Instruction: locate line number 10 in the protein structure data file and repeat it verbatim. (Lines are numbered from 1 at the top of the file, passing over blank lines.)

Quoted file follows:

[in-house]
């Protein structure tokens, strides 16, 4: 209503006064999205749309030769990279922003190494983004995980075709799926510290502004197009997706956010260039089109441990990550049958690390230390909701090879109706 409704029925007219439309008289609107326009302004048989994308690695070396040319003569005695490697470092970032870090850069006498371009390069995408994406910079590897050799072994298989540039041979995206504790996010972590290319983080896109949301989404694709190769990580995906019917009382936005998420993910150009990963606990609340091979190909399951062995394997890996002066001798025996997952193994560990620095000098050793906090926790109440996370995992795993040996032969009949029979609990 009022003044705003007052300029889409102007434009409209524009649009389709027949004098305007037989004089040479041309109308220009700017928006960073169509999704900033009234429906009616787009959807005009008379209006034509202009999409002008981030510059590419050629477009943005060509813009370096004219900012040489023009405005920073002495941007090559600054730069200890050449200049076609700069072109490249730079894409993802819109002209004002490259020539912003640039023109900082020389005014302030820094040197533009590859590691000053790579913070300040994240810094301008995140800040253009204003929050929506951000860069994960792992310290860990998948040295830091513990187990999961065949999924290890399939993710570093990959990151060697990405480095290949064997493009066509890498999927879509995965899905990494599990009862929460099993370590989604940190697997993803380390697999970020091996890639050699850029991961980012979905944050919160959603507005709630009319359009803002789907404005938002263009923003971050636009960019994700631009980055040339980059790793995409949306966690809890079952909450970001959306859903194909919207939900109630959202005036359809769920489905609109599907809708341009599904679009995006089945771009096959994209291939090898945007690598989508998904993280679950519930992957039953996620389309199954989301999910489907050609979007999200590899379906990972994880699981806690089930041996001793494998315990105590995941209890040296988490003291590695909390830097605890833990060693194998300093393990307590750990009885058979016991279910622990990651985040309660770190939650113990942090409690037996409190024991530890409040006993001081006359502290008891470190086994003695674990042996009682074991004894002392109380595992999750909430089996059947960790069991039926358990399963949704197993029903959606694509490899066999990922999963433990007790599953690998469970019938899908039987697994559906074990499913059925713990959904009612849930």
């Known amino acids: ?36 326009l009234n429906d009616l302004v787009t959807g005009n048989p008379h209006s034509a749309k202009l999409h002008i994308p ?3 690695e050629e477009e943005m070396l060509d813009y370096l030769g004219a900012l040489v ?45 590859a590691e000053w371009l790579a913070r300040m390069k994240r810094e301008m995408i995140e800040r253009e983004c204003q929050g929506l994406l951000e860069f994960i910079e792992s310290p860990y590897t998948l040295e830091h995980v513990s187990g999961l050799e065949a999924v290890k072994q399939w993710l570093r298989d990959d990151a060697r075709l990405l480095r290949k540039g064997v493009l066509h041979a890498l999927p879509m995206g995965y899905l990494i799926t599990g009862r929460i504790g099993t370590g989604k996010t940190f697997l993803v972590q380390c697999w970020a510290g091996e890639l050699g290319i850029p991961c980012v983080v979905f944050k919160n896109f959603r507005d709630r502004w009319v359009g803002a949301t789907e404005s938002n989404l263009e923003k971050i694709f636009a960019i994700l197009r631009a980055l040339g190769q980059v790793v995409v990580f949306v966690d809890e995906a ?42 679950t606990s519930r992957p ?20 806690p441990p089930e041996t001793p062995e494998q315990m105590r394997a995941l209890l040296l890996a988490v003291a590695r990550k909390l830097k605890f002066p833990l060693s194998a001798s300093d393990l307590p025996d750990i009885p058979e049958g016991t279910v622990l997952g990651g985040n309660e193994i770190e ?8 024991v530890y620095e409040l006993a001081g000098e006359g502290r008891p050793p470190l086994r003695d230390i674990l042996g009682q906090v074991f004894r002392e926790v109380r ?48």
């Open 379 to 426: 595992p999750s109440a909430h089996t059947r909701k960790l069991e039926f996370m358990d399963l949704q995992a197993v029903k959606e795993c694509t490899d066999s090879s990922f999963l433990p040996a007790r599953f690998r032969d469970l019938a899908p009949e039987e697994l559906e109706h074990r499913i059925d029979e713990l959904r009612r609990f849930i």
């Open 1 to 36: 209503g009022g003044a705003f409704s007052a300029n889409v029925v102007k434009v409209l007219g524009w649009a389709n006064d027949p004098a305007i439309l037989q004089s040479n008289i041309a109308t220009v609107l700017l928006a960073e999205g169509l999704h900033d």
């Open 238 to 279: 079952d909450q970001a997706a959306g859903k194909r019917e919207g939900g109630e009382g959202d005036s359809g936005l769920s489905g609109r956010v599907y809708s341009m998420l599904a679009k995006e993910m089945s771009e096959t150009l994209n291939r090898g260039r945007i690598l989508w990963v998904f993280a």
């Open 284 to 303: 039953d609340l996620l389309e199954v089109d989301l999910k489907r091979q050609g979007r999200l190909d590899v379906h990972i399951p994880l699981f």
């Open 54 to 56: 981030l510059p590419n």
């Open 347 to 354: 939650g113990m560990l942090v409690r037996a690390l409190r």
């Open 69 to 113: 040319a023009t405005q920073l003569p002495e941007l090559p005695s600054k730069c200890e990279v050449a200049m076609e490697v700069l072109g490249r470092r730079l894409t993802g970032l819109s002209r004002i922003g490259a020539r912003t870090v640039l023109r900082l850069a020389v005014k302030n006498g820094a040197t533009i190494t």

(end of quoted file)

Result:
């Open 69 to 113: 040319a023009t405005q920073l003569p002495e941007l090559p005695s600054k730069c200890e990279v050449a200049m076609e490697v700069l072109g490249r470092r730079l894409t993802g970032l819109s002209r004002i922003g490259a020539r912003t870090v640039l023109r900082l850069a020389v005014k302030n006498g820094a040197t533009i190494t």